A further advantage of the above-described preferred embodiment of a charge-coupled device according to the invention in which the more highly doped surface zone extends along substantially the whole surface of the semiconductor layer is that with given mutual distances between the electrodes the effect of possible potential wells which may occur in the semiconductor layer, in particular at the surface of the semiconductor layer between the electrodes, is reduced in that, due to the higher doping of the surface zone, the charge is concentrated at a finite distance which is determined more by the thickness of the surface zone than by interelectrode potential wells . The possibility that the said potential wells occur can be reduced by incorporating in and/or near the parts of the semiconductor layer present between the electrodes extra charge of the same polarity as the information-forming majority carriers to be transported through the semiconductor layer. For that purpose, a further preferred embodiment of a charge-coupled device according to the invention in characterized opposite conductivity type which, viewed on the surface, are present between the electrodes and extend in the semiconductor layer over a part of the thickness of the semiconductor layer. During operation, said zones can be depleted entirely or partly and represent therewith a quantity of ionised change of the same polarity as the information containing majority charge carrier to be transported through the semiconductor layer and thus prevent said information-containing charge carriers from being retained partly in potential wells.

A further preferred embodiment of a chargecoupled device according to the invention is characterized in that the doping concentration of the said surface zone is at least approximately 10 times and preferably at least 100 times higher than the doping concentration of the said adjoining part of the semiconductor layer.

The thickness of the more highly doped surface zone is advantgeously chosen to be at most equal to the thickness of the adjoining lower-doped part and preferably smaller than half the thickness of said part of the semiconductor layer.

The invention will now be described in greater detail with reference to a few embodiments and the accompanying diagrammatic drawing, in which:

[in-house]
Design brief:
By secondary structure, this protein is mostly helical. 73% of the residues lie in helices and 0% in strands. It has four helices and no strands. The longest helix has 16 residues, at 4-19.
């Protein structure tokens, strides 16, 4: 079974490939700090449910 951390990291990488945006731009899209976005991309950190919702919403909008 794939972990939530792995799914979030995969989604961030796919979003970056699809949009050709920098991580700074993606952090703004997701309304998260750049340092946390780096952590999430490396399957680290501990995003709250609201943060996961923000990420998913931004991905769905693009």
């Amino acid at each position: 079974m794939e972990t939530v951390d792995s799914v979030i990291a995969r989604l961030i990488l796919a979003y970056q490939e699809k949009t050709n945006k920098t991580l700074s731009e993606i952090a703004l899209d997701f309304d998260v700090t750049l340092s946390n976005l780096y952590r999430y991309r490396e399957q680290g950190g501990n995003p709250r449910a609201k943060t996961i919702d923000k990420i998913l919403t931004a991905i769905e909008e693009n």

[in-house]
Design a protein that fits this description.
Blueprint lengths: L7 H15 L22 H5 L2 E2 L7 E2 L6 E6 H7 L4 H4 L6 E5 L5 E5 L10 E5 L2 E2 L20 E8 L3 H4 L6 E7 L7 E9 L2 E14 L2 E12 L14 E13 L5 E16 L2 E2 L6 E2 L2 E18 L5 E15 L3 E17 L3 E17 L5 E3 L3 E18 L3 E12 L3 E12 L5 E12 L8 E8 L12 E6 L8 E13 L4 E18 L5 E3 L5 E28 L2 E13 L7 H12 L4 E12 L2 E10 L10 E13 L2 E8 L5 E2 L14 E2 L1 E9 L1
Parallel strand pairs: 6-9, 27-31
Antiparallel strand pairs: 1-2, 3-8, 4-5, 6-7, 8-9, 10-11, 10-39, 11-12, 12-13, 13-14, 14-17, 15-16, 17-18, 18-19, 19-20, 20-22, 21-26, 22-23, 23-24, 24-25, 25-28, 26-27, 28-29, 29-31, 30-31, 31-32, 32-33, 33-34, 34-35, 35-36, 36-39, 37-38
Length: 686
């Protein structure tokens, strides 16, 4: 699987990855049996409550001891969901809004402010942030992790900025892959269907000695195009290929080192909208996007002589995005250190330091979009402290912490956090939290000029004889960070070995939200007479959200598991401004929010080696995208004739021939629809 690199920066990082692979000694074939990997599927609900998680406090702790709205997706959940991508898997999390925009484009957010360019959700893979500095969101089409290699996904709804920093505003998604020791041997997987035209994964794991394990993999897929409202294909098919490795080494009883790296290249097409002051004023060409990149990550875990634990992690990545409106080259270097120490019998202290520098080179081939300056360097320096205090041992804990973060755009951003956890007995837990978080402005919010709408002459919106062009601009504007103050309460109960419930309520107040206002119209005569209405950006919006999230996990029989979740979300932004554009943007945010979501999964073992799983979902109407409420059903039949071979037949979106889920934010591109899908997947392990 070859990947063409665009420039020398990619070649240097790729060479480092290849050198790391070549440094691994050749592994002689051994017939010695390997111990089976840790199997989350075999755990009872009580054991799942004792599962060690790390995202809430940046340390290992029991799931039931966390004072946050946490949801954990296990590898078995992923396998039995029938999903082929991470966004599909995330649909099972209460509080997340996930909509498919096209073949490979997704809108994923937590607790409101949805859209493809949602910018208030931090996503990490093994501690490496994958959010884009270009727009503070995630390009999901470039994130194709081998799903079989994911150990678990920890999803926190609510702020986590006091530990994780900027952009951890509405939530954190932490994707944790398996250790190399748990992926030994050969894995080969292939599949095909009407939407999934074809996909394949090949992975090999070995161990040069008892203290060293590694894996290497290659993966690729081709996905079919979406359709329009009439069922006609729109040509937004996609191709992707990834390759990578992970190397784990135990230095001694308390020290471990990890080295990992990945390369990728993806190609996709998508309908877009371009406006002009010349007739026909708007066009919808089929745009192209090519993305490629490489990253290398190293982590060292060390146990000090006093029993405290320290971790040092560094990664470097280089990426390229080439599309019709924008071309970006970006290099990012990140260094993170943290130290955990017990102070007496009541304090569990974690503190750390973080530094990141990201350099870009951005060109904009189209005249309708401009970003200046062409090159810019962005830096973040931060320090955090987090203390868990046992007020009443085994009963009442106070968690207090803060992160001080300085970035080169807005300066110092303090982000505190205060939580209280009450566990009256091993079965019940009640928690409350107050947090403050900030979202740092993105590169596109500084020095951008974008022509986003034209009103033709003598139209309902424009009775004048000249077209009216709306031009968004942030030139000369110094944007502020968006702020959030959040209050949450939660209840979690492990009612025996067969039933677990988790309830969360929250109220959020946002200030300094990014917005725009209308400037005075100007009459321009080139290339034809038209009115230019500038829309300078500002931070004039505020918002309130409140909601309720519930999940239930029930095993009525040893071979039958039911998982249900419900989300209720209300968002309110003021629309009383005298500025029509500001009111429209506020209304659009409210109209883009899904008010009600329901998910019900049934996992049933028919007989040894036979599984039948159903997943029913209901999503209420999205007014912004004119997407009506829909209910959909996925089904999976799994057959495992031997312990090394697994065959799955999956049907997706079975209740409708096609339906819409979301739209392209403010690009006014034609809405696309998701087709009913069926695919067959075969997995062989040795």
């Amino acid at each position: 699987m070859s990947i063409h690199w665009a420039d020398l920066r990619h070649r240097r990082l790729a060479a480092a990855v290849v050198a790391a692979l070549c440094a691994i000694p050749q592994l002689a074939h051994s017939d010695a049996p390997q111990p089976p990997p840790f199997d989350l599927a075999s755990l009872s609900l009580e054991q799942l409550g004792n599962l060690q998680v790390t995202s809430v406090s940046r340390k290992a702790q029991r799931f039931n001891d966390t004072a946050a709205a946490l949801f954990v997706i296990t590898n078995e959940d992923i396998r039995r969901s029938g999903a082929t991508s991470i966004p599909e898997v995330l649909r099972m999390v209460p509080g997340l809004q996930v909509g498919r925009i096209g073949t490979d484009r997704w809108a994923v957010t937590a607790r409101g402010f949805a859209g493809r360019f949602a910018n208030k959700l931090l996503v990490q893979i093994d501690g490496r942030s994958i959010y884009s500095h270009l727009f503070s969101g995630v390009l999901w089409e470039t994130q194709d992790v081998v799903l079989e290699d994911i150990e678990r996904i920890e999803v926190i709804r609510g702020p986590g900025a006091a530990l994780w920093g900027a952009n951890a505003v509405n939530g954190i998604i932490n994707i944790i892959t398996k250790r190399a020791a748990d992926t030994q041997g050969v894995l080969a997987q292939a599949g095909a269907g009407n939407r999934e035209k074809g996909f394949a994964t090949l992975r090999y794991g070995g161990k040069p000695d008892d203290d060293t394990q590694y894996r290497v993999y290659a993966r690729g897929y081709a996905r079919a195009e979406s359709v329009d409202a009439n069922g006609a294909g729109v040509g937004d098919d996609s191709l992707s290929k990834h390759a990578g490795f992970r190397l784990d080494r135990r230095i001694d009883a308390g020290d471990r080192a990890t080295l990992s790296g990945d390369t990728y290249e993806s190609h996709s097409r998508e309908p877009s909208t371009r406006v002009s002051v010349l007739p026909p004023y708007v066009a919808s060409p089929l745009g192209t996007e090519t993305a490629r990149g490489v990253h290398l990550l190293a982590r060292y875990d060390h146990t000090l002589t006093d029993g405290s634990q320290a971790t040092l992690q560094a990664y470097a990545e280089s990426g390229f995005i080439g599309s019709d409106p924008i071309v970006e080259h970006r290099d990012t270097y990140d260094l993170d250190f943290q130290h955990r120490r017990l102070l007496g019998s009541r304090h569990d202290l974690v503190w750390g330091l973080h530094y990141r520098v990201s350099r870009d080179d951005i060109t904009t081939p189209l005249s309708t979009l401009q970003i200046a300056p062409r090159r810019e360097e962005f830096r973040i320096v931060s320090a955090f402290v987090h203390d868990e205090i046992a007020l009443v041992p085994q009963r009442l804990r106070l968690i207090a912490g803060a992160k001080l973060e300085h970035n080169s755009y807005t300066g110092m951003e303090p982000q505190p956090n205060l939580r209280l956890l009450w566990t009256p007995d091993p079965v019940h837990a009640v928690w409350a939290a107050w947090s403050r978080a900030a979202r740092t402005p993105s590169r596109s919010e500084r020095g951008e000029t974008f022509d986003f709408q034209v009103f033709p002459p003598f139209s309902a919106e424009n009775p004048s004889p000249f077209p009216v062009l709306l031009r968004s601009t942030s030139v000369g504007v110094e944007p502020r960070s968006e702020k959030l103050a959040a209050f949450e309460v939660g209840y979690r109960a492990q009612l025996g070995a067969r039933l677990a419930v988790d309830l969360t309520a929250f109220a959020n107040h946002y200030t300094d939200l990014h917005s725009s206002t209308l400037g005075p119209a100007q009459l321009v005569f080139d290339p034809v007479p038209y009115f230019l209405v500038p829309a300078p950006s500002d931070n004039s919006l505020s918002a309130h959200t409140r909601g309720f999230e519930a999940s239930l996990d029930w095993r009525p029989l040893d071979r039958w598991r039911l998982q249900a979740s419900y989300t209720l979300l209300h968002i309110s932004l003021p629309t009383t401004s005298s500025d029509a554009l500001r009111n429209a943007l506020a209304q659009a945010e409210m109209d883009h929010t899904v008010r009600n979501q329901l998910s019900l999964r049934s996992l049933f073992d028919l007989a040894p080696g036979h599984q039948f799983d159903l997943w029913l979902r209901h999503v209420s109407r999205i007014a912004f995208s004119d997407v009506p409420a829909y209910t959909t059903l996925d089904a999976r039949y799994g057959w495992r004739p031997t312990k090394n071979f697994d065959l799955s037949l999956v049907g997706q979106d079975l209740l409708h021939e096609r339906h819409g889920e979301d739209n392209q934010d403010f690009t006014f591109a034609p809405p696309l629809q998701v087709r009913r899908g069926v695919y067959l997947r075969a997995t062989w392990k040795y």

FIG. 1 is a diagrammatic plan view of a part of a charge-coupled device according to the invention and of which

FIG. 2 is a cross-sectional view taken on the line II--II of FIG. 1, and

FIG. 3 is a cross-sectional view taken on the line III--III of FIG. 1.

FIG. 4 shows the clock voltages which are placed on the electrodes in the device shown in FIG. 1 to 3 in accordance with time.

FIG. 5 is a diagrammatic cross-sectional view of a part of second charge-coupled device according to the invention.

FIG. 6 is a diagrammatic cross-section view of a part of a third charge-coupled device according to the invention.

FIG. 7 shows diagrammatically the clock voltages which can be placed on the electrodes in the device shown in FIG. 6 as a function of time.

FIG. 8 is cross-sectional view of a further embodiment of a device according to the invention.

FIG. 9 is a cross-sectional view of still a further device according to the invention.

FIG. 10 is a cross-sectional view of still another embodiment of a charge-coupled device according to the invention.

FIG. 1 is a plan view of a charge-coupled device (sometimes referred to by the English names of "Charge Coupled Device" and "Charge Transfer Device" or as CCD and CTD, respectively) of a type which has been described in the already mentioned non-prepublished Dutch Patent Application No. 7,114,770. The device comprises a semiconductor body 1 (see FIGS. 2, 3) having a semiconductor layer 2 of n-type silicon.

Except possibly for the introduction and the reading-out of the charge to be transported through the device, the semiconductor layer 2, at least during operation, may be isolated from the surroundings. For that purpose, means are present which are formed, for example, by an insulating layer 12 by means of which the layer 2 is insulated from the surroundings on the side 3, while on the oppositely located side and the side edges, respectively, the layer 2 can be isolated by p-n junctions 13 and 14, respectively, cut-off during operation. However, the isolation may also be obtained differently. For example, the p-type isolation zone 15 (see FIG. 2) which forms the p-n junction 14 with the layer 2, may be replaced entirely or partly by a layer of insulating material, for example, silicon oxide, which is inset in the layer 2 over part of its thickness. In FIG. 1 the p-n junction 14 which thus forms the lateral boundary of the layer 2 is denoted by broken lines.